Mislove, Alan (Northeastern University) | Lehmann, Sune (Technical University of Denmark) | Ahn, Yong-Yeol (Northeastern University) | Onnela, Jukka-Pekka (Harvard University) | Rosenquist, J. Niels (Harvard University)
Every second, the thoughts and feelings of millions of people across the world are recorded in the form of 140-character tweets using Twitter. However, despite the enormous potential presented by this remarkable data source, we still do not have an understanding of the Twitter population itself: Who are the Twitter users? How representative of the overall population are they? In this paper, we take the first steps towards answering these questions by analyzing data on a set of Twitter users representing over 1% of the U.S. population. We develop techniques that allow us to compare the Twitter population to the U.S. population along three axes (geography, gender, and race/ethnicity), and find that the Twitter population is a highly non-uniform sample of the population.
This post attempts to consolidate information on tree algorithms and their implementations in Scikit-learn and Spark. In particular, it was written to provide clarification on how feature importance is calculated. There are many great resources online discussing how decision trees and random forests are created and this post is not intended to be that. Although it includes short definitions for context, it assumes the reader has a grasp on these concepts and wishes to know how the algorithms are implemented in Scikit-learn and Spark. Decision trees learn how to best split the dataset into smaller and smaller subsets to predict the target value.
As the amount of data continues to grow at an almost incomprehensible rate, being able to understand and process data is becoming a key differentiator for IT professionals and data-scientists. The scikit-learn library is one of the most popular platforms for everyday Machine Learning and data science because it is built upon Python, a fully featured programming language. This comprehensive 3-in-1 course is your one-stop solution to everything that matters in mastering machine learning algorithms and their implementation. Develop pipelines and process data through manipulation, extraction, and data-cleansing techniques. Learn clean coding techniques which are applicable to any scalable Machine Learning projects.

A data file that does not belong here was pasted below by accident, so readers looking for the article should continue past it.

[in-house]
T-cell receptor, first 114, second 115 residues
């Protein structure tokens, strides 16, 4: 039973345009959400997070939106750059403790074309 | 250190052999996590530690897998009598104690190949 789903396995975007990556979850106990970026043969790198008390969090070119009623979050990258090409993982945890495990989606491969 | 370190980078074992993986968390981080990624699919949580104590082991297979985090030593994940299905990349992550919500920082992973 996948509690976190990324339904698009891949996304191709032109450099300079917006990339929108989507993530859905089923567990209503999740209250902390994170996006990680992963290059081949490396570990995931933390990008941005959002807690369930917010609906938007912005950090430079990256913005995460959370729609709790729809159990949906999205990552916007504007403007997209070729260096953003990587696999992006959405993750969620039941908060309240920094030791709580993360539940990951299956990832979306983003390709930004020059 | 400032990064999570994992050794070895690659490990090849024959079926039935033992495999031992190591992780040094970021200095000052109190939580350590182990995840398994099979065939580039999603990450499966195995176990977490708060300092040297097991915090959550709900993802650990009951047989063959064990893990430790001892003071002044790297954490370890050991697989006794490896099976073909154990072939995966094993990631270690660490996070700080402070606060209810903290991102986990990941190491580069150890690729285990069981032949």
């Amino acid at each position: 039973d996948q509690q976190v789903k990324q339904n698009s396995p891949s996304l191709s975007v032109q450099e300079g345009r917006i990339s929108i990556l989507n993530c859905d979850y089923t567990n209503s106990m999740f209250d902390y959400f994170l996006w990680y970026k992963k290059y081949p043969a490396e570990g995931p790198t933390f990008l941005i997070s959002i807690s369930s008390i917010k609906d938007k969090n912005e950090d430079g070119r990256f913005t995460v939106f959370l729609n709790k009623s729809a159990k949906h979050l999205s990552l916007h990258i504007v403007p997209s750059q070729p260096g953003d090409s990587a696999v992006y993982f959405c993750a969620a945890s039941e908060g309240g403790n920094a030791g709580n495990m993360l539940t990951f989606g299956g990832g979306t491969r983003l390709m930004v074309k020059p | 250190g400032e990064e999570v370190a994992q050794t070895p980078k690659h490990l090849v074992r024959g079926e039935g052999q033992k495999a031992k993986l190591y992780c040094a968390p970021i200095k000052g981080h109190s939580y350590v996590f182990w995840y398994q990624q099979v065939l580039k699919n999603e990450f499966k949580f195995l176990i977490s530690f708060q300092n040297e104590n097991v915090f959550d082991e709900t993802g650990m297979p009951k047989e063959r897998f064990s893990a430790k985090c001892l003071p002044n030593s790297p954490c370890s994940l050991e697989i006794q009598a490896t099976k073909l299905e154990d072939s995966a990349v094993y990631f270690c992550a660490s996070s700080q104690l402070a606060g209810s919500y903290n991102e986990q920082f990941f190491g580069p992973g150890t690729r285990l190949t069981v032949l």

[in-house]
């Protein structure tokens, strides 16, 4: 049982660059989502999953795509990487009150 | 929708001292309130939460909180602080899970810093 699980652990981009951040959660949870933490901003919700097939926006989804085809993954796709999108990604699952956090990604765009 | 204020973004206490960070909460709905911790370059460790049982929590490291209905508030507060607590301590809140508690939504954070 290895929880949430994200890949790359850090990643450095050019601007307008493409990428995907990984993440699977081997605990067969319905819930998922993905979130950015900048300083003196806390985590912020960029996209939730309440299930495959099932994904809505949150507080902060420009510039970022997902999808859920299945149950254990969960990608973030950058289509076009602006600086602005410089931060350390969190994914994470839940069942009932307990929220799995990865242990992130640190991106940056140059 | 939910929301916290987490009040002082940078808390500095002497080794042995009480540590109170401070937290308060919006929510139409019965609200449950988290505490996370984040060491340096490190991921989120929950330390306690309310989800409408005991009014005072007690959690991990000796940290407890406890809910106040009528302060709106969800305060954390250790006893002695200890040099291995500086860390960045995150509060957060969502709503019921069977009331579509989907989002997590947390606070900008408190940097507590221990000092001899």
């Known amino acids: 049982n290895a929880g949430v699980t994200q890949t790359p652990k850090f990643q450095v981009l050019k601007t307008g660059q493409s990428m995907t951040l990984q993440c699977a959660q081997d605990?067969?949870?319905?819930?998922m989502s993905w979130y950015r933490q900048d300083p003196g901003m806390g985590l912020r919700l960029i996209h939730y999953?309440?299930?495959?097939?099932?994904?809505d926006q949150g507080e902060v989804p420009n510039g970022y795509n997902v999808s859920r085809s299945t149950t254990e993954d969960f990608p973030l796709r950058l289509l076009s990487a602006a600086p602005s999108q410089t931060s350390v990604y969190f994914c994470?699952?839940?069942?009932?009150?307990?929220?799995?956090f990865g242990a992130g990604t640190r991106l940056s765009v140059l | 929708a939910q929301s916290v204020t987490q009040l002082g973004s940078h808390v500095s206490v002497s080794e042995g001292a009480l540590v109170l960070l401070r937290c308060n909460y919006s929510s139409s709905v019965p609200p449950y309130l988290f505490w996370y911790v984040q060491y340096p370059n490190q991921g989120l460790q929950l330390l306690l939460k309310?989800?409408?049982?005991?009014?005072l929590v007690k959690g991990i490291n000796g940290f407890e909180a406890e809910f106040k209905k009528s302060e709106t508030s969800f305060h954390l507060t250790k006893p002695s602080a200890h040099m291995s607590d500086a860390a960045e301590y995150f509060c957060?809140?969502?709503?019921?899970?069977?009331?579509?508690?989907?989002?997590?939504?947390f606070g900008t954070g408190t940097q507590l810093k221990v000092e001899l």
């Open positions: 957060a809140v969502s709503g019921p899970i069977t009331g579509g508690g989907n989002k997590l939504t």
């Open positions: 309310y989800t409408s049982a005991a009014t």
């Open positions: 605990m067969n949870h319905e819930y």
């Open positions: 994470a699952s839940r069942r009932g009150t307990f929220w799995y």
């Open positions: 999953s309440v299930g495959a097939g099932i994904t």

Understanding the demographics of users of online social networks has important applications for health, marketing, and public messaging. In this paper, we predict the demographics of Twitter users based on whom they follow. Whereas most prior approaches rely on a supervised learning approach, in which individual users are labeled with demographics, we instead create a distantly labeled dataset by collecting audience measurement data for 1,500 websites (e.g., 50% of visitors to gizmodo.com are estimated to have a bachelor's degree). We then fit a regression model to predict these demographics using information about the followers of each website on Twitter. The resulting average held-out correlation is .77 across six different variables (gender, age, ethnicity, education, income, and child status). We additionally validate the model on a smaller set of Twitter users labeled individually for ethnicity and gender, finding performance that is surprisingly competitive with a fully supervised approach.
The data features that we use to train our machine learning models have a huge influence on the performance we can achieve. Irrelevant or partially relevant features can negatively impact model performance. Feature selection is a process where we automatically select those features in our data that contribute most to the prediction variable or output in which we are interested. Having irrelevant features in our data can decrease the accuracy of many models, especially linear algorithms like linear and logistic regression. We can learn more about feature selection with scikit-learn in the article Feature selection.